Business of Shipping: Trade Dispute Helps Lift Volumes at Ontario’s Port of Thunder Bay
By Ira Breskin
THUNDER BAY, ONTARIO– The deepwater port here will modestly increase volume this year by offering shippers attractive transit options for international cargo displaced by trade disputes.
“With disruptive trade patterns, we win because the lack of alternatives,” said Tim Heney, the port’s chief executive, during a recent interview.
In 2019, Thunder Bay will handle 8.9 million metric tons of cargo, up from about 8.7 million in 2018. Port officials welcome incremental grain and breakbulk shipments until the facility can attract the next big commodity to supplement core grain traffic. Candidates include synthetic crude oil from northern Alberta, wood pellets or biofuel.
This port, at the north end of Lake Superior, is leveraging supply chain disruptions tied to President Trump’s aggressive three-year-old trade policy. Simultaneously, local officials are counterbalancing the port’s inherent geographic disadvantage to modestly increase throughput in this roiling freight market.
“Nothing changes in a 100 years, then everything changes in (the past) three years” Heney added.
Thunder Bay is registering modest traffic gains, while offsetting several longstanding challenges. For example, this remote port, more than 3,000 nautical miles from the mouth of the St. Lawrence River in Quebec, the entrance to blue water, is icebound several months each winter. Also, shipping costs are high here because foreign-flagged carriers must hire well-paid Great Lakes pilots to command their ships for the entire Great Lakes transit; depending on the routing, a one-way trip can take more than two weeks.
The impetus for the port’s gains is two-fold. The first is increased inbound shipments of structural steel emanating primarily from Arcelor Mittal mills in Luxembourg. Canadian consignees are purchasing the European steel in order to avoid high export surcharges imposed by the Trump administration on the steel shipments produced by nearby American mills, the traditional supplier.
Initial Canadian purchases of European steel pre-date the US-imposed surcharges, Heney said. That’s because Canadian mills don’t make such high-quality structural steel, he added.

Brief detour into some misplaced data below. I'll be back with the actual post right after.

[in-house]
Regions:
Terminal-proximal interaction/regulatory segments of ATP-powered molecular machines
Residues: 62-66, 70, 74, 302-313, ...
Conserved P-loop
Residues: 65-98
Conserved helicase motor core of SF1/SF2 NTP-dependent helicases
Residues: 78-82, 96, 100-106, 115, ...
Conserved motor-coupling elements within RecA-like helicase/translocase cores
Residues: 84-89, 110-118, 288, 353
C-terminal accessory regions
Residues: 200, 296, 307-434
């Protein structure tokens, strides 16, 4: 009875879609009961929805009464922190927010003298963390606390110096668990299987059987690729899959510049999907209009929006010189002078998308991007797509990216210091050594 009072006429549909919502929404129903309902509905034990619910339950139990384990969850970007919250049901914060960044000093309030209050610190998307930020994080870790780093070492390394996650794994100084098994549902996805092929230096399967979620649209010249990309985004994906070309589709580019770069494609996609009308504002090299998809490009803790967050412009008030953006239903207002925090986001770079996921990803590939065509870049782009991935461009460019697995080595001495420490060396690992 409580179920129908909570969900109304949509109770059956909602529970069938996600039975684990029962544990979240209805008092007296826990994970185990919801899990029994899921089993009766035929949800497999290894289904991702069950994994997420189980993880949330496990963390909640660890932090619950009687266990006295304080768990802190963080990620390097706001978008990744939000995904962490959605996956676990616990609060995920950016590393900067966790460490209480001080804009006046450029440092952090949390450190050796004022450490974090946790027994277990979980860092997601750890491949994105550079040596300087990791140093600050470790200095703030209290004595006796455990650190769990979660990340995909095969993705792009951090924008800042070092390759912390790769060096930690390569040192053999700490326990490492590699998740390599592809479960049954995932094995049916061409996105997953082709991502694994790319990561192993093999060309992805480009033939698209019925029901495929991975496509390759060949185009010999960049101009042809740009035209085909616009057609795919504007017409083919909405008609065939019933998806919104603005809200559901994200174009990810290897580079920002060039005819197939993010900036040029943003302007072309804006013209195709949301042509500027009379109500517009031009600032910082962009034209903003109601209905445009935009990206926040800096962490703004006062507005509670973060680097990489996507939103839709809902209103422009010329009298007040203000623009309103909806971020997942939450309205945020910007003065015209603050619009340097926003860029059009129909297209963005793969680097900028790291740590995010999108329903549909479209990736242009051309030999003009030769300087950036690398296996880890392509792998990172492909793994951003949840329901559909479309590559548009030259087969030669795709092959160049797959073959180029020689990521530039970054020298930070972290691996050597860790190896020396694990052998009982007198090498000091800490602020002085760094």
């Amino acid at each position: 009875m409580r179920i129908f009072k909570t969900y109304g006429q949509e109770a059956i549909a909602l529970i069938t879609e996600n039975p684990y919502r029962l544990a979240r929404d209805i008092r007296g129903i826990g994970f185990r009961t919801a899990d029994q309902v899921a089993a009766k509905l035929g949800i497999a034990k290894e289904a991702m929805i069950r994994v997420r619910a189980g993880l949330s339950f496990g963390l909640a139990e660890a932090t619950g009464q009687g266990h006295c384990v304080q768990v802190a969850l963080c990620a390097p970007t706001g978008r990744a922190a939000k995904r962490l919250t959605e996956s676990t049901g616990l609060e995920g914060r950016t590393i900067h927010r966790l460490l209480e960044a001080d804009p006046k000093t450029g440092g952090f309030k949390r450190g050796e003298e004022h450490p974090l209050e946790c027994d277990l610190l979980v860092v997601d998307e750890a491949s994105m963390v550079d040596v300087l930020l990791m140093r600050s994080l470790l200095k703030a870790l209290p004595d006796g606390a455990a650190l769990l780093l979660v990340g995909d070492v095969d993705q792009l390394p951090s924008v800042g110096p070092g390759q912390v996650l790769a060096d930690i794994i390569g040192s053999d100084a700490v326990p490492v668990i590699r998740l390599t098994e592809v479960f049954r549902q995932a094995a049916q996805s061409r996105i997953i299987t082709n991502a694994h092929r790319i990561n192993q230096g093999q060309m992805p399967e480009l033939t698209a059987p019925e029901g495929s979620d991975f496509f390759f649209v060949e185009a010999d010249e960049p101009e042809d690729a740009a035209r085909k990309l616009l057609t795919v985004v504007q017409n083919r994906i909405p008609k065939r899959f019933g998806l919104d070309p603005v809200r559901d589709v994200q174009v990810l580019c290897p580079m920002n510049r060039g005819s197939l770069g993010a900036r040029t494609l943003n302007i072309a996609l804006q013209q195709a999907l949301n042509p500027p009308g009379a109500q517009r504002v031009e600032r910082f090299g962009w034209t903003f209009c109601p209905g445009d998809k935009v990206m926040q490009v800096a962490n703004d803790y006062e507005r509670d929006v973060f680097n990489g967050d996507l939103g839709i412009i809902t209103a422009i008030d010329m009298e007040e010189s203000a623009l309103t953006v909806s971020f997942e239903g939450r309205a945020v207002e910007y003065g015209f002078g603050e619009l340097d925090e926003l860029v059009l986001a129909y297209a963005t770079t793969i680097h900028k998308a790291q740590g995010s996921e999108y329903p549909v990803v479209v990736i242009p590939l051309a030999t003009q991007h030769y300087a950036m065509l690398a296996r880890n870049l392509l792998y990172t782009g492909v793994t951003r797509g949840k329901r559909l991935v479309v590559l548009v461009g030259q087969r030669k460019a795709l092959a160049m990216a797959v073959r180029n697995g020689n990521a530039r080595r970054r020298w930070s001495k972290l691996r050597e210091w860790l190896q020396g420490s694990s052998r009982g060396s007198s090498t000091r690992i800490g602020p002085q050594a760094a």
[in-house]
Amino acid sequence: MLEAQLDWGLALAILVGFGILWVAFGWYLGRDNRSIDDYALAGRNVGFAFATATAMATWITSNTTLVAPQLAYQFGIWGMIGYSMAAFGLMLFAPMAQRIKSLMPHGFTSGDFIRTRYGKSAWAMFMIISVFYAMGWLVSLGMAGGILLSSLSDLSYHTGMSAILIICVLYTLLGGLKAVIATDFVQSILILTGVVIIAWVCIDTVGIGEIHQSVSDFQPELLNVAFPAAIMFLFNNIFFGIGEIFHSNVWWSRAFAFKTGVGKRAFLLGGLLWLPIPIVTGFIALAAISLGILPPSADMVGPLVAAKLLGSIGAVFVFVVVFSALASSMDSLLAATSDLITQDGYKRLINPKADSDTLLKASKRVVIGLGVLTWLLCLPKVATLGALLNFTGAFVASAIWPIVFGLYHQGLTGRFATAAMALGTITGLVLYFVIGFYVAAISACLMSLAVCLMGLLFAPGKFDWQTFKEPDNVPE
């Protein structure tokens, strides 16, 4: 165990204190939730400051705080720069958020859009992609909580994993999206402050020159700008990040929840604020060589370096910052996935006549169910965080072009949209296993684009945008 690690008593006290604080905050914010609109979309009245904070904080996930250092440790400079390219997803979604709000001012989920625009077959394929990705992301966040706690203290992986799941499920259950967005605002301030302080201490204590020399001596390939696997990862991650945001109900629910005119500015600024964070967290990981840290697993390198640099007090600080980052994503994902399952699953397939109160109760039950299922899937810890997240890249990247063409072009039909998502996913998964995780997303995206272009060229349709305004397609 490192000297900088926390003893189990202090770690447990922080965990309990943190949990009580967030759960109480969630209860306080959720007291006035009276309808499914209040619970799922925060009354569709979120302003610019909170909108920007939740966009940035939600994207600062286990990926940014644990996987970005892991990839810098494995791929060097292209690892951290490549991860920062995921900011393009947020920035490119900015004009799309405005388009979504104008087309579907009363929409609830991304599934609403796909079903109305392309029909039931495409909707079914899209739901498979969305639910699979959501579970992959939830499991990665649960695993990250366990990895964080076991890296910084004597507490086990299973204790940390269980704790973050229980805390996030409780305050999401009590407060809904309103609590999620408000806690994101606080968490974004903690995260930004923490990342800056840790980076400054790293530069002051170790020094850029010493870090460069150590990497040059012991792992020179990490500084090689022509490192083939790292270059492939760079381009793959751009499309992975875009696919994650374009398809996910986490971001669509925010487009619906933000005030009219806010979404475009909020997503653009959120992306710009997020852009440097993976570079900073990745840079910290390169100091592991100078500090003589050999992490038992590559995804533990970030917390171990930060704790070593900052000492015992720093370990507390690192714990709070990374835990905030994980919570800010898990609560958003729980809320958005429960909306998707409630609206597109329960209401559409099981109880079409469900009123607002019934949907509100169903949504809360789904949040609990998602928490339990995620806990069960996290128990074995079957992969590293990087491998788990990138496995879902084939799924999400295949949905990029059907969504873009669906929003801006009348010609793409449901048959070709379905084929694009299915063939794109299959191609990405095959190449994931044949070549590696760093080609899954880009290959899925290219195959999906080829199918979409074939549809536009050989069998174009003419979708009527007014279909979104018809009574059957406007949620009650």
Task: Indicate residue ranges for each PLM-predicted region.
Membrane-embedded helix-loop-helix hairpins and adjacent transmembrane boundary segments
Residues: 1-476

Large volume inbound European shipments began last summer and peaked between July 1, 2018, and May 17, 2019. That’s when Washington imposed trade-restrictive countermeasures on up to $16.6 billion on imported steel, aluminum, and other products from the US. The $16.6 billion represents the 2017 value of Canadian exports affected by earlier U.S. measures.
Canada reacted in kind when it imposed similar measures.
Steel shippers primarily have chartered foreign-flagged oceangoing salties, more specifically handymax multipurpose ships, to deliver their cargo here. Not surprisingly, some opportunistic carriers lifted backhaul grain cargo from here, specifically western Canadian output bound for Europe, Latin American, the Middle East, and North Africa.
Generally, it’s cheaper to move eastbound grain across Canada by ship, rather than to use rail to transport the cargo to major storage terminals in eastern Canada—in Toronto, Montreal, Quebec City, and Sorel, PQ—before its loaded onto handy-size oceangoing ships.
Separately, a spate of Canadian-flagged bulkers recently have begun calling here to lift grain eastbound through the Great Lakes and St. Lawrence Seaway to Europe and beyond. They arrive in ballast, after discharging premium Luxembourg steel at sister ports further east in the Great Lakes, Heney said.
Most of these grain shipments are routed here via rail from the prairie provinces —Manitoba, Alberta, and Saskatchewan— rather than further west for export to Asia and West Africa via British Columbia load ports in Vancouver and Prince Rupert.
Incremental grain shipments began arriving here in January 2019 when China blocked imports of Canadian canola in retaliation for Vancouver police a month earlier detaining Meng Wanzhou, Huawei Technologies Co. Ltd.’s chief financial officer, on a US arrest warrant.
Business of Shipping is a column from Ira Breskin, a senior lecturer at State University of New York Maritime College in the Bronx, NY and author of The Business of Shipping (9th edition, 2018), a primer that explains shipping economics, operations and regulations.
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